Stalled: the Chernobyl rescue ark
The new shelter is going to be the eighth wonder of the world - it`s an amazing piece of engineering which is on the scale of the Egyptians building the pyramids.
Plans to build an engineering wonder of the world - a gigantic lbs300m hangar to prevent a second disaster at Chernobyl - have been stalled by a series of rows between western donors and the Ukrainian government.
Known to its designers as "the Ark", the arch-shaped tubular structure,360ft high and 900ft across, will make safe the site of the world`s worst nuclear accident when it is finally given the go-ahead.
Scientists and international aid donors who will meet in Kiev, the Ukrainian capital, this week on the 20th anniversary of the accident were hoping to announce approval for work to begin on the Ark. But the project has become embroiled in wrangling between the donors, the French-led engineering consortium and the Ukrainian authorities over the tendering procedure.
The massive structure, officially called the New Safe Confinement, is designed to cover the hastily constructed "sarcophagus" that encases the highly radioactive remains of Number Four reactor. The sarcophagus was built within months of the disaster, with helicopters lifting slabs of concrete into place to cover the devastated reactor building. An estimated 200 tons of radioactive matter lies within the temporary structure but the sarcophagus and everything within it are contaminated.
The European Union and other international donors have spent tens of millions of pounds on stabilising the structure, which many had feared would collapse, releasing its deadly contents in another calamity.
The new shield has been designed to contain the radioactive remains for the next 100 years. The Ark is intended not only to enclose the site but to permit work by remote- controlled devices or specially trained teams to dismantle and store the lethal material safely.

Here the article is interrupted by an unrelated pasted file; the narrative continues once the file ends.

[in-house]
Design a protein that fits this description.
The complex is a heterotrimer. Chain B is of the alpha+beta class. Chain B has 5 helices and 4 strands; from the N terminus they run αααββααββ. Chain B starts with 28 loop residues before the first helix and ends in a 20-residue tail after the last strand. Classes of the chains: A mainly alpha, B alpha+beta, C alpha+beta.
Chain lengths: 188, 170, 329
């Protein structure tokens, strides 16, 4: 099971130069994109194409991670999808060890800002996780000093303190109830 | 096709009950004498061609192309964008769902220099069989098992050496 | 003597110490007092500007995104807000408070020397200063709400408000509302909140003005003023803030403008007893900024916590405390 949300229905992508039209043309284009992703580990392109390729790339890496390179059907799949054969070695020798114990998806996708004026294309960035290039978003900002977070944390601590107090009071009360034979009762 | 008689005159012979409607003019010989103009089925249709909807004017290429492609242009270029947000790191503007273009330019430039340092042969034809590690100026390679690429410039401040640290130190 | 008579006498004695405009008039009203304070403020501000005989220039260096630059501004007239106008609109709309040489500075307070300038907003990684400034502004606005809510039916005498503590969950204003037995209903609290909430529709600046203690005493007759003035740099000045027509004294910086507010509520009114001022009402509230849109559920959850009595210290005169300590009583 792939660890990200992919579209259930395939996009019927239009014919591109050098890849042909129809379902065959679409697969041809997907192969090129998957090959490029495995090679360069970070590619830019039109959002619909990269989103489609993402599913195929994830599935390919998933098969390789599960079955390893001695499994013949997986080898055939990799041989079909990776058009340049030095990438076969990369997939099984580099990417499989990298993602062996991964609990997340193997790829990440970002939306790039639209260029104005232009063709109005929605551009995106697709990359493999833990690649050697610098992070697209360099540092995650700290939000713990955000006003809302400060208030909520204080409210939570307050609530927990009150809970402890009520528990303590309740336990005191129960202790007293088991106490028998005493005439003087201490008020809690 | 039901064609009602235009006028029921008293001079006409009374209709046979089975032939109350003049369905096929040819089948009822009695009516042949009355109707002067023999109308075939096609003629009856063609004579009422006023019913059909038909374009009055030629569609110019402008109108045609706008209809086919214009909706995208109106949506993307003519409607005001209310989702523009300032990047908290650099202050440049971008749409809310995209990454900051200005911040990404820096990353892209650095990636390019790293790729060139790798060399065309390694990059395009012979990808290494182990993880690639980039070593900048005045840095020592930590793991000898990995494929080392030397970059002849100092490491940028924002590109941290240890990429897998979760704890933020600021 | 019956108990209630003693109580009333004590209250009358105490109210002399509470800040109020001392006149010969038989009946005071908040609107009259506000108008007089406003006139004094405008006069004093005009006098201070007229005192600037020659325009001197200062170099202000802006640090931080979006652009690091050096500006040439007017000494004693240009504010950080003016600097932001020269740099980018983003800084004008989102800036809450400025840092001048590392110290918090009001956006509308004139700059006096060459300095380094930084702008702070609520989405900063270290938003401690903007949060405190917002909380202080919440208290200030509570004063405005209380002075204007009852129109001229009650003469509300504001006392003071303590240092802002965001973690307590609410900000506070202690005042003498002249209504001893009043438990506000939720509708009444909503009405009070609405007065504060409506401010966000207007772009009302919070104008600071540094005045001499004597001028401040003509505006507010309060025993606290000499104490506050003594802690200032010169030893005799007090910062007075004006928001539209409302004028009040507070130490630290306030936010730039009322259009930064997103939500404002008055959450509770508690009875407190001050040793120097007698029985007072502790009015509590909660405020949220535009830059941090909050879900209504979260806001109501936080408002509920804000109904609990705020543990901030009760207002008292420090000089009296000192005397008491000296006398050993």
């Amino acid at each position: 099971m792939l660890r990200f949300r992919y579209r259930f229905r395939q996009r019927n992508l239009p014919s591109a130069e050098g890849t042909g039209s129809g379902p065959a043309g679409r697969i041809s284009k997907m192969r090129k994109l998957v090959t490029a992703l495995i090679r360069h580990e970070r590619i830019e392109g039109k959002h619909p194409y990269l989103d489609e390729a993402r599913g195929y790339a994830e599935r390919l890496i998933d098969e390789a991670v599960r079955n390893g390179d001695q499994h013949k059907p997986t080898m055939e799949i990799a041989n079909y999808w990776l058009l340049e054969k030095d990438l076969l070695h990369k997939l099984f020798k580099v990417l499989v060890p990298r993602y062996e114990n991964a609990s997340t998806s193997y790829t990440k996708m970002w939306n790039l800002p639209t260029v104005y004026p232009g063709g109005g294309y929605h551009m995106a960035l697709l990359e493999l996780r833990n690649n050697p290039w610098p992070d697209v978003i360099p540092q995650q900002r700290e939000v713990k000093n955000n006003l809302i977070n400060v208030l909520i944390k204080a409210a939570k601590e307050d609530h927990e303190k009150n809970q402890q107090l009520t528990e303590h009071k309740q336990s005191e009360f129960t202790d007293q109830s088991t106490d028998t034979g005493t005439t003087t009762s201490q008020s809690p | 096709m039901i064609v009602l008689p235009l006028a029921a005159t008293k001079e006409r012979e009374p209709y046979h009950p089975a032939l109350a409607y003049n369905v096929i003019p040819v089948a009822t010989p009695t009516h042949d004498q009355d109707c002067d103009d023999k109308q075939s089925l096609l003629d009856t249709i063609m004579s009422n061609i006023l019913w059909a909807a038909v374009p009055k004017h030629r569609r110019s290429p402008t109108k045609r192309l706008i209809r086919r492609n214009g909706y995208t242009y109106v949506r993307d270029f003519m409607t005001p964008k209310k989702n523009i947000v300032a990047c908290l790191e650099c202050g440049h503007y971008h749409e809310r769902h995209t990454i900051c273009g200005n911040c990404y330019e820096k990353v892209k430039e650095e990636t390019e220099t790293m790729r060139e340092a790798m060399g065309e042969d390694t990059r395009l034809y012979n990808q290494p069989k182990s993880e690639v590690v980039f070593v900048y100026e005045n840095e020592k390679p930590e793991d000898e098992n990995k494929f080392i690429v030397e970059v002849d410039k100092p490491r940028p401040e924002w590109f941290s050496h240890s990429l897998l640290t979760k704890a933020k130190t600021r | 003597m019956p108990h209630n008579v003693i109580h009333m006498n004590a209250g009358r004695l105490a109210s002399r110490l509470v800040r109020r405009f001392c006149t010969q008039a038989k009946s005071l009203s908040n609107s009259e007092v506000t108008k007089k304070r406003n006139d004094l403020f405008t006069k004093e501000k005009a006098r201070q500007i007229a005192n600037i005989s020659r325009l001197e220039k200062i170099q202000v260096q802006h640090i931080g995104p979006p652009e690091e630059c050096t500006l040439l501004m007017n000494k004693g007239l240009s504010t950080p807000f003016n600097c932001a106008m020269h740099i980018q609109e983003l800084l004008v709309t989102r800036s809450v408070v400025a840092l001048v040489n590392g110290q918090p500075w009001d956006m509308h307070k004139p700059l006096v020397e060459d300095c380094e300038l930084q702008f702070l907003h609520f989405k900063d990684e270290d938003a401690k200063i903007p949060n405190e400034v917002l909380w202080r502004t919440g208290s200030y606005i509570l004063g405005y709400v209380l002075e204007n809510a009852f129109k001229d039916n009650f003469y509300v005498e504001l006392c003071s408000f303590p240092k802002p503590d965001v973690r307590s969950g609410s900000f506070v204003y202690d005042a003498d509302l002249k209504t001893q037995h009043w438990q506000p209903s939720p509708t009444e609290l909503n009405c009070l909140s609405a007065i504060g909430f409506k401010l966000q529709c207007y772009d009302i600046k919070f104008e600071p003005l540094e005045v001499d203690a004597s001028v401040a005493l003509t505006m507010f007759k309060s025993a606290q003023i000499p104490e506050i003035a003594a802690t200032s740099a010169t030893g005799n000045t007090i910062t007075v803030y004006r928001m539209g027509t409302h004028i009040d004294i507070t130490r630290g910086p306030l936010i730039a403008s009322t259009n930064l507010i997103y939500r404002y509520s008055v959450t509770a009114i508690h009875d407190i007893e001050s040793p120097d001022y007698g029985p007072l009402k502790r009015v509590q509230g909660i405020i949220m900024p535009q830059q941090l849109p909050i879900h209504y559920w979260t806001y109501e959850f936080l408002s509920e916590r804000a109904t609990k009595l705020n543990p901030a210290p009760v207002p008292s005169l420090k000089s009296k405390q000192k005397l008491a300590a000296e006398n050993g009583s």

Large prefabricated portions of the arches will be brought to Chernobyl and assembled in two halves at a distance from the sarcophagus to minimize workers` exposure to radiation. The final operation to lock the two parts together will be performed within 24 hours by sliding them into place on a specially constructed railway line.
To enable the ruined reactor to be dismantled, the Ark has been designed to carry four bridge cranes which will be suspended from the arches. Each crane will be capable of lifting 100 tons. Railway carriages shielded against the radiation will transport workers deep into the bowels of the new structure.
Ukraine`s political instability since the Orange revolution 15 months ago - three ministers have been responsible for the scheme in that time – has added to the air of uncertainty surrounding the Ark project.
The funds for the programme, to total ?600m, are being administered by the London-based European Bank for Reconstruction and Development. Vince Novak, the director of the bank`s nuclear safety department, said: "It is disappointing we won`t be able to declare on the 20th anniversary that work on the new shelter is to commence." But he predicted the dispute would be resolved soon. "Hopefully a new government will be in place which will realise there is no alternative to proceed."